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07 May 2019 | Story Valentino Ndaba | Photo Charl Devenish
Noko Masalesa
Noko Masalesa, Director of Protection Services, in conversation with students and stakeholders to plan a safe way forward.

Safety and security are human rights that constitute social justice. At the centre of the agenda at the University of the Free State’s (UFS) Social Justice Week held on the Bloemfontein Campus from 17-22 April 2019 were discussions about off-campus safety. Stakeholders agreed on an upgrade to security measures in order to ensure the success and wellbeing of the student population.

A call to students

Prof John Mubangizi, Dean of the Faculty of Law, in his capacity as representative of the UFS Rector and Vice-Chancellor, Prof Francis Petersen, expressed his view on institutions of higher learning no longer functioning as ivory towers. “For any initiative to succeed, collaboration is necessary between key roleplayers,” he said.

He aptly pointed out that: “We cannot underscore the importance of safety and security, not only for the university but also for the communities around us. What the university does benefits the community and vice versa. I pledge the university’s commitment to play a leading part to ensure that the collaboration works,” said Prof Mubangizi.

Beefing up security: Who is involved?

In view of the collaborative effort Prof Mubangizi alluded to, the engagement was twofold. First was the roundtable discussion facilitated by Protection Services which then escalated into a public dialogue where students had the opportunity to interact with external delegates.

The South African Police Services, Community Police Forum, Private Security, Mangaung Metropolitan Municipality, Provincial Commissioner, and Deputy Minister of Police were well represented in this critical conversation. Internally, members of Protection Services, Housing and Residence Affairs, Student Affairs, Institute for Social Justice and Reconciliation, Student Representative Council, and the Department of Criminology heard the plight of off-campus safety faced by students.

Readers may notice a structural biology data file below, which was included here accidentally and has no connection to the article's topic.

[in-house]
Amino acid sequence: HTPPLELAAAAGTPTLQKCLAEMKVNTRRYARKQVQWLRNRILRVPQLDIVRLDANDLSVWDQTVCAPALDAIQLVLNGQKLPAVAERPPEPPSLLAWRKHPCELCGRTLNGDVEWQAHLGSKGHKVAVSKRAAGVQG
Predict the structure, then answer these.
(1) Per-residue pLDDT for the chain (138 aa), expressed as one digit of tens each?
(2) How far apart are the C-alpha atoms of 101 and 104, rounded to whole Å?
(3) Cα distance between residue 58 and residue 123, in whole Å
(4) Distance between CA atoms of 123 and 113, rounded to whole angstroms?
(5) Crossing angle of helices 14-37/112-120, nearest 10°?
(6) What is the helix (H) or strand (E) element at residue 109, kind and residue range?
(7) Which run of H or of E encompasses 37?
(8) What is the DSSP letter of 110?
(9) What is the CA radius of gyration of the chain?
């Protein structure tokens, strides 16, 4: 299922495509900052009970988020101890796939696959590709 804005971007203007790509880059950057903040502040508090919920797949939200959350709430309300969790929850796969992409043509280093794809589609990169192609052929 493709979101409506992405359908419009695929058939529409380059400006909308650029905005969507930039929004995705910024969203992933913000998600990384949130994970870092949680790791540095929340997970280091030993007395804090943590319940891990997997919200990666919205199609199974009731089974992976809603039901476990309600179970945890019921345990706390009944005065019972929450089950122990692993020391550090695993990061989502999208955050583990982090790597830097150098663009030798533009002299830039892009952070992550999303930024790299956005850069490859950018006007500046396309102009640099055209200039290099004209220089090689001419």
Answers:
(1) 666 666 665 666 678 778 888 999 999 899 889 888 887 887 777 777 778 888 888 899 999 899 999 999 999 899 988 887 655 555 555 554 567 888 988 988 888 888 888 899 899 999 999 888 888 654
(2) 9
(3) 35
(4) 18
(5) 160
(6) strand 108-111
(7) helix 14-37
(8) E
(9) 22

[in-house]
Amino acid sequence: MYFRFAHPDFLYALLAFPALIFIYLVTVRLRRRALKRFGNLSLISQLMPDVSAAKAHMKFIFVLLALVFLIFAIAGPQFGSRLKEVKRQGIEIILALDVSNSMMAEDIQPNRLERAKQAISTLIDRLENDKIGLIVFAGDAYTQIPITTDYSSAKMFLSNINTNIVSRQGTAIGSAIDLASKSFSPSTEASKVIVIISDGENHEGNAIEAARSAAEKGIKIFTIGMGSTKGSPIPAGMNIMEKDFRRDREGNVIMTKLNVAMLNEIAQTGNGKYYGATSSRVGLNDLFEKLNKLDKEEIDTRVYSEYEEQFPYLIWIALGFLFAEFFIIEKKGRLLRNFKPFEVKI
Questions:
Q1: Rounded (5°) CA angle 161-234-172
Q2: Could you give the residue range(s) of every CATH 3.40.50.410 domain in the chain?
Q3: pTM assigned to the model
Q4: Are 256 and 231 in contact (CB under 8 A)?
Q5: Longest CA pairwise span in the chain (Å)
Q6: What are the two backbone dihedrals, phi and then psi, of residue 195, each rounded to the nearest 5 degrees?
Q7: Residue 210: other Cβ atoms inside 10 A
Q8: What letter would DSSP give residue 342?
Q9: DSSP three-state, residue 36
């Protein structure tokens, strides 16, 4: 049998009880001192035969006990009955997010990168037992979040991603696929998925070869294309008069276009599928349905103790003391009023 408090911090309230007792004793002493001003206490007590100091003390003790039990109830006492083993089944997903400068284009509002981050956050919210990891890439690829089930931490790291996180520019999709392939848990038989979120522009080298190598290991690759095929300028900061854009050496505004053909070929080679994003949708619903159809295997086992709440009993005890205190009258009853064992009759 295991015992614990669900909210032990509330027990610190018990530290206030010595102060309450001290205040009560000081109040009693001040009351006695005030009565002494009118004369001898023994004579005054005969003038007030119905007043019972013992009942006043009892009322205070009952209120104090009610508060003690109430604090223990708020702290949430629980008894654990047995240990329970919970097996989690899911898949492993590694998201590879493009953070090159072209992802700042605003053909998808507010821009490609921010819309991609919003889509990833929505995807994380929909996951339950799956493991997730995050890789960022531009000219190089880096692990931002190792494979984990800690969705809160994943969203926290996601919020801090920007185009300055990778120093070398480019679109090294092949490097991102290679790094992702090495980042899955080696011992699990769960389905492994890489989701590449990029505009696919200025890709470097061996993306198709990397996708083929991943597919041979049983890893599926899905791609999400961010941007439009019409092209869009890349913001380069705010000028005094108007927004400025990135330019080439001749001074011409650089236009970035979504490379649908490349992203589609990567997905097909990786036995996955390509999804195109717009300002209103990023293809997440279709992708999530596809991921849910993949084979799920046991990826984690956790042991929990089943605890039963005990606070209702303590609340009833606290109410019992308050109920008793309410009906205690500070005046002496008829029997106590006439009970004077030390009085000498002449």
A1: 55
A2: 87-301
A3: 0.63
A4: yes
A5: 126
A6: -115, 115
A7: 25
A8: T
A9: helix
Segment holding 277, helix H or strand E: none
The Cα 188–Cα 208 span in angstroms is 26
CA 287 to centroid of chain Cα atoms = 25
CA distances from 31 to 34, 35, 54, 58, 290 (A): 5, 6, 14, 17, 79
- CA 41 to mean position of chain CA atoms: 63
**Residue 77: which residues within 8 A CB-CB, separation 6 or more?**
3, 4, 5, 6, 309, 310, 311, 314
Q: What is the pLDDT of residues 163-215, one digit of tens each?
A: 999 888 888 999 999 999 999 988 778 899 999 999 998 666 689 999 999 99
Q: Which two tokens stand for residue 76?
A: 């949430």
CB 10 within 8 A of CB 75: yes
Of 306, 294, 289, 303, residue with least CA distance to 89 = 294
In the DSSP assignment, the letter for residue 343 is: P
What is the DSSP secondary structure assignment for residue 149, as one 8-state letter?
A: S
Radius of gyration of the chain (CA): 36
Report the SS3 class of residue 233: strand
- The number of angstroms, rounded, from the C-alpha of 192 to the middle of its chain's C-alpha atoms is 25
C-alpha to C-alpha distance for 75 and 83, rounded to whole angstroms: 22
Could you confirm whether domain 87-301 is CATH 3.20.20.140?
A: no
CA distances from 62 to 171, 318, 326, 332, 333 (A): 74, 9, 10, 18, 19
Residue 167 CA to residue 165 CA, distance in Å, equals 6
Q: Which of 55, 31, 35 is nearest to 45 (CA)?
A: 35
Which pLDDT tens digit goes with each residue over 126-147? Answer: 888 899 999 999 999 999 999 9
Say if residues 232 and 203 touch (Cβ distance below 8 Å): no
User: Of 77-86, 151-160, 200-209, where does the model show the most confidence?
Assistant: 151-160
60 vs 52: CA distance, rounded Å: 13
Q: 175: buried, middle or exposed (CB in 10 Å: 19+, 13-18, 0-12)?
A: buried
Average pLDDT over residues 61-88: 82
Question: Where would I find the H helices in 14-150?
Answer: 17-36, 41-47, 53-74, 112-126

Changes in the horizon

The discussions culminated with recommendations which will see the future of student safety take a different direction. According to Skhululekile Luwaca, former SRC president, these include “the municipality’s commitment to immediately address issues such as street lights and enforcing by-laws, ensuring an integrated accreditation system, and drafting a policy for off-campus accommodation, running more crime awareness campaigns, and giving police patrols more visibility.”

In addition to resolving to set up a student safety forum with all the stakeholders, the Mangaung Metropolitan Municipality has invited the UFS to join Reclaim the City – a safety forum where practical solutions to crime are devised and implemented on a weekly basis.


News Archive

Plant-strengthening agent a result of joint effort between UFS and German company
2015-07-27

Research over the past few years has showed that the agent applied mostly as a foliar spray subsequently leads to better seedlings as well as growth and yield enhancement of various crops.

The application of a plant-strengthening agent in the agricultural industry has, until recently, been largely ignored, says Dr Elmarie van der Watt of the Department of Soil, Crop, and Climate Sciences at the University of the Free State (UFS). The agent was co-developed by researchers at the UFS and a German company.

The product is moving into new markets, such as China, Vietnam, the USA, and Australia.

ComCat® was the result of extensive research by the German company Agraforum AG. Commercialisation was limited initially to Europe, while research was expanded to other parts of the world, with the University of the Free State as the main research centre.  ComCat® is a unique, non-toxic plant strengthening agent derived from wild plants. It enhances plant growth and yield, as well as resistance against abiotic and biotic stress factors.

Dr Van der Watt says that, in nature, plants communicate and interact by means of allelochemicals (the inherent silent tool of self-protection among plants) and other phytochemicals (chemical compounds that occur naturally in plants), as part of their resistance mechanisms towards biotic and abiotic stress conditions.

Most wild-plant varieties are usually well-adapted to resist these stress factors. However, monoculture crops have lost this ability to a large extent. “Active compounds contained in extracts from wild plants applied to monoculture crops can potentially supply the signal for the latter to activate their dormant resistance mechanisms.” 

Research over the past few years has showed that the agent applied mostly as a foliar spray subsequently leads to better seedlings as well as growth and yield enhancement of various crops.  A major advantage is that, despite its enhancing effects on root development and yield, it does not induce unwanted early vegetative growth that could jeopardise the final yield, as happened in the past for nitrogen application at an early growth stage. 

Dr Van der Watt says, “Physiological data on the effect of the natural bio-stimulant product on photosynthesis, respiration, and resistance towards biotic stress conditions indicate that it can be regarded as a useful tool to manipulate agricultural crops. Research also showed that the field of application for this natural product is never-ending, and new applications are being investigated every day.”

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